Use this URL to cite or link to this record in EThOS: http://ethos.bl.uk/OrderDetails.do?uin=uk.bl.ethos.669390
Title: Ambiguity aversion and the stock market participation : empirical evidence
Author: Zhang, Ruo Gu
ISNI:       0000 0004 5368 9139
Awarding Body: University of Exeter
Current Institution: University of Exeter
Date of Award: 2015
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Abstract:
Theoretical models predict that ambiguity is an asset pricing factor in addition to risk, however few of them have been tested in the real market. This thesis tests one of the hypotheses that, investors’ propensity to invest in stocks is reduced when ambiguity in the marketplace increases. The hypothesis is tested by using equity fund flows and households’ equity holding as measurements of the market participation, and using dispersion in analysts’ forecasts about aggregate returns as measurement of ambiguity. The results confirm this hypothesis, since the increases in ambiguity are significantly and negatively related to equity fund flows, as well as the likelihood that the average household invests in equities. Moreover, the results also find that the fund flows in non-dividend paying stocks are more sensitive to the changes in ambiguity, and investors transfer capital from the equity market into more liquid asset classes during high-ambiguity periods. In addition, this thesis also tests whether there is heterogeneity in individuals’ ambiguity aversion, and examines the psychological roots of ambiguity aversion. FNE theory explains ambiguity aversion as the result of fearing negative evaluation from others. It predicts that married households are more ambiguity averse; while households with higher income and education, or households that are more mature, are less ambiguity averse. On the other hand, self-evaluation theory explains ambiguity aversion as the result of minimizing anticipated regret. It predicts that households that are more optimistic, or have less income, are less ambiguity averse; while households that have negative market experience, or have higher income, are more ambiguity averse. The results show that married households, or households with high income / negative market experience, are more ambiguity averse; and households that are more optimistic / more mature, are less ambiguity averse. Therefore, both theories have successful predictions, suggesting that the ambiguity aversion is the combined result of the two motivations.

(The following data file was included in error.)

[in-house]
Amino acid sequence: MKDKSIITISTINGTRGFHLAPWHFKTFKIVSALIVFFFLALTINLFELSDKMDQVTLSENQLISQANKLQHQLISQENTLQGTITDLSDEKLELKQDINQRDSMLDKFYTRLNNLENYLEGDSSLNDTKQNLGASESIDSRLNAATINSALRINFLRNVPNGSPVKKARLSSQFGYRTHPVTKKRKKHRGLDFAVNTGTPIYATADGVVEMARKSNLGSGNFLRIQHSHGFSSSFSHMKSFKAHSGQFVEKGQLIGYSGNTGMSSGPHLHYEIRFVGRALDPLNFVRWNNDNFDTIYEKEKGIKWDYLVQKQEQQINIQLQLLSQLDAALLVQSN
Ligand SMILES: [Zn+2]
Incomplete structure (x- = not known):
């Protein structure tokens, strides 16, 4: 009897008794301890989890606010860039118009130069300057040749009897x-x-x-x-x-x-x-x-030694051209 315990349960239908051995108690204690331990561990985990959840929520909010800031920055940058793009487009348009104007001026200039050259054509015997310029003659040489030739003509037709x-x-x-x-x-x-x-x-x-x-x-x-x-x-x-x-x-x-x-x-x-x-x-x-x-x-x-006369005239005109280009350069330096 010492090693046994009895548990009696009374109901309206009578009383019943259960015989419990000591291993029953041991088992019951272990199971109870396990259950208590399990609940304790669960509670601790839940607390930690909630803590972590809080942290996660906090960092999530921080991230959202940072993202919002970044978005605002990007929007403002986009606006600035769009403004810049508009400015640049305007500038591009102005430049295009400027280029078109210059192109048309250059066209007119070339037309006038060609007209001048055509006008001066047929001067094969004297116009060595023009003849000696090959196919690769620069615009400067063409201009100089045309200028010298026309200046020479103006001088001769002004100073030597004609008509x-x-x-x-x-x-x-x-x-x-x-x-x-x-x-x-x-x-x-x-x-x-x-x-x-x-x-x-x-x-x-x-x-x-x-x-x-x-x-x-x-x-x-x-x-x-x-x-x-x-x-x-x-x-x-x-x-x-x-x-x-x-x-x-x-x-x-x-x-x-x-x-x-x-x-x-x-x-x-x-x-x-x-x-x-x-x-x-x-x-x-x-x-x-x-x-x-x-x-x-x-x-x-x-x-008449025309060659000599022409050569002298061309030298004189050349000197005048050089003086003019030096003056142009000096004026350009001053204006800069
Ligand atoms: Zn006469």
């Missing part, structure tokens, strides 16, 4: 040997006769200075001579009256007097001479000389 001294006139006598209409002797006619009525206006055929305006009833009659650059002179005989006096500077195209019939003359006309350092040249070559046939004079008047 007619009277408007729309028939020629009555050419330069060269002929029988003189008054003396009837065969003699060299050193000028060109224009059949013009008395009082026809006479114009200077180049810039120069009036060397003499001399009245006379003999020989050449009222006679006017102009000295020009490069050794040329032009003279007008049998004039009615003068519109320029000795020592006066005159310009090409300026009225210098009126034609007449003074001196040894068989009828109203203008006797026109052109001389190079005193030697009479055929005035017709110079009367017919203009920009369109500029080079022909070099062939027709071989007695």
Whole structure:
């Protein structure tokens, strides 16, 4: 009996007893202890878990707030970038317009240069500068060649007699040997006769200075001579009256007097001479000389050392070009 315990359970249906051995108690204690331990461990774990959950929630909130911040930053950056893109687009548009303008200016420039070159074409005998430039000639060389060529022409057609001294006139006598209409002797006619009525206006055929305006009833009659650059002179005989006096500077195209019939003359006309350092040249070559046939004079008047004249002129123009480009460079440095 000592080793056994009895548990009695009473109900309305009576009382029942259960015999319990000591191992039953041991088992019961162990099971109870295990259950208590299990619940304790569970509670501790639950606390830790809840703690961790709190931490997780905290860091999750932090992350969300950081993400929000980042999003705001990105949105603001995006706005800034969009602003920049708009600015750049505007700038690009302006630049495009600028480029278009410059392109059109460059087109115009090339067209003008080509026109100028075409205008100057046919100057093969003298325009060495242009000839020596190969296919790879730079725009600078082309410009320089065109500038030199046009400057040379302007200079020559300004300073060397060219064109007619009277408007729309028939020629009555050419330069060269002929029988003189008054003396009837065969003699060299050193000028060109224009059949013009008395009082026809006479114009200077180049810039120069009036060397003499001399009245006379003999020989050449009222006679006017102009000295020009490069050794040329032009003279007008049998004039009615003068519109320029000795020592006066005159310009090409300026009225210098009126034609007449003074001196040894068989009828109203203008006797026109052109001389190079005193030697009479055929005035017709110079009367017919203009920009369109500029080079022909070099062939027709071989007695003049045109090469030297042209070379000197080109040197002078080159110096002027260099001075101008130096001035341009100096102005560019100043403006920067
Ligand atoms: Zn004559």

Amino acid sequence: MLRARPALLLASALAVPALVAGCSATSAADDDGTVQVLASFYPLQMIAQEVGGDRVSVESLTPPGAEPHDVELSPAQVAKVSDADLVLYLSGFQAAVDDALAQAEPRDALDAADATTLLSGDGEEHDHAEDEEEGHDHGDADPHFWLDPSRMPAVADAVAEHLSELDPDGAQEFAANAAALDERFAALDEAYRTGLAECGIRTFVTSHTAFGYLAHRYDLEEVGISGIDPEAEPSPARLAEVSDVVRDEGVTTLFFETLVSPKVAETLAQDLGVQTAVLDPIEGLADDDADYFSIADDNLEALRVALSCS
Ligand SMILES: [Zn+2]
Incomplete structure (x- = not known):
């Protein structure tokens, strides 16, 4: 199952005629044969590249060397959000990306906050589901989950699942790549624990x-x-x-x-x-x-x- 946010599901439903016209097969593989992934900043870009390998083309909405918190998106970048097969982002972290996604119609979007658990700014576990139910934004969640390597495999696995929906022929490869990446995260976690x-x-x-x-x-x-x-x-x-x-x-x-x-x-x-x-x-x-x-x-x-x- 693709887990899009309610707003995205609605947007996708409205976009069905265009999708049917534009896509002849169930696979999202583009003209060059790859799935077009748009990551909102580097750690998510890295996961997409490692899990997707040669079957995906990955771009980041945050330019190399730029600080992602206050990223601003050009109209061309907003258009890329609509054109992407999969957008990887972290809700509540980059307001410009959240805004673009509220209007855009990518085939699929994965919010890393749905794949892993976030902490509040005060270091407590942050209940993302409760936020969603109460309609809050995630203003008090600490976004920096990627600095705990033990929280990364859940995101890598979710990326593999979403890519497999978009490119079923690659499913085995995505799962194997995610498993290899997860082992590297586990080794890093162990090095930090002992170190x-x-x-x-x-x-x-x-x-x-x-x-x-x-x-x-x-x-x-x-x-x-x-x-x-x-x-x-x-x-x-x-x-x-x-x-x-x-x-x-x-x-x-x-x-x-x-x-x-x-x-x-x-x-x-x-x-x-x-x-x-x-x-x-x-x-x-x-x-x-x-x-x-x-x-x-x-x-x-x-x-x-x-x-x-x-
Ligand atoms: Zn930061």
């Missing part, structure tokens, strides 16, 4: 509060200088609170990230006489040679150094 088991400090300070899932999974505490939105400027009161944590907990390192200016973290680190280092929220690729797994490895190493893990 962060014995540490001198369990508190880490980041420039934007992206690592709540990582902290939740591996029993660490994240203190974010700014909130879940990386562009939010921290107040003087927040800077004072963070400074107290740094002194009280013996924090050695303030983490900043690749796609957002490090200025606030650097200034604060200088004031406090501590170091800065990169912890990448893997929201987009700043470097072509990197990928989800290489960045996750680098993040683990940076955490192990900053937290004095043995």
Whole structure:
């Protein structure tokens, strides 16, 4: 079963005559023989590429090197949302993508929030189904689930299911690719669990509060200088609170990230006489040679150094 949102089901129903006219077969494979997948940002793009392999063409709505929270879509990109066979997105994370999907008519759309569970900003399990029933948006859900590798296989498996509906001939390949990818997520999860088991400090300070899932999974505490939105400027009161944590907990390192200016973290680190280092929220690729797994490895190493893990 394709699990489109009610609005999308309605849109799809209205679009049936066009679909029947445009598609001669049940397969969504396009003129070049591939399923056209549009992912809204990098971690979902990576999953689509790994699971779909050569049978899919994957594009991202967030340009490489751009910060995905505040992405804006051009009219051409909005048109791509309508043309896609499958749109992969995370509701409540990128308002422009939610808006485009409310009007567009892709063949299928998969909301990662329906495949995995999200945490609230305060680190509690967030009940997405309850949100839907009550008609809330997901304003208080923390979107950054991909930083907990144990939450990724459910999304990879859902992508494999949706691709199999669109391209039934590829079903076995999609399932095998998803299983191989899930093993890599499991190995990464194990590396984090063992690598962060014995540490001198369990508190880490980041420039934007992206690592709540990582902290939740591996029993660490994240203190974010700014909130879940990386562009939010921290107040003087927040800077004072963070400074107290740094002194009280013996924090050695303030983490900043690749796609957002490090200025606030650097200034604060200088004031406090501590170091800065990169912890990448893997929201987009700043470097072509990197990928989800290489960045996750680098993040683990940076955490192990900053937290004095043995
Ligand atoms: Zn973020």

Supervisor: Harris, Richard; Antoniou, Constantinos Sponsor: Not available
Qualification Name: Thesis (Ph.D.) Qualification Level: Doctoral
EThOS ID: uk.bl.ethos.669390  DOI: Not available
Keywords: Stock market participation; ambiguity aversion; fund flows; household portfolio
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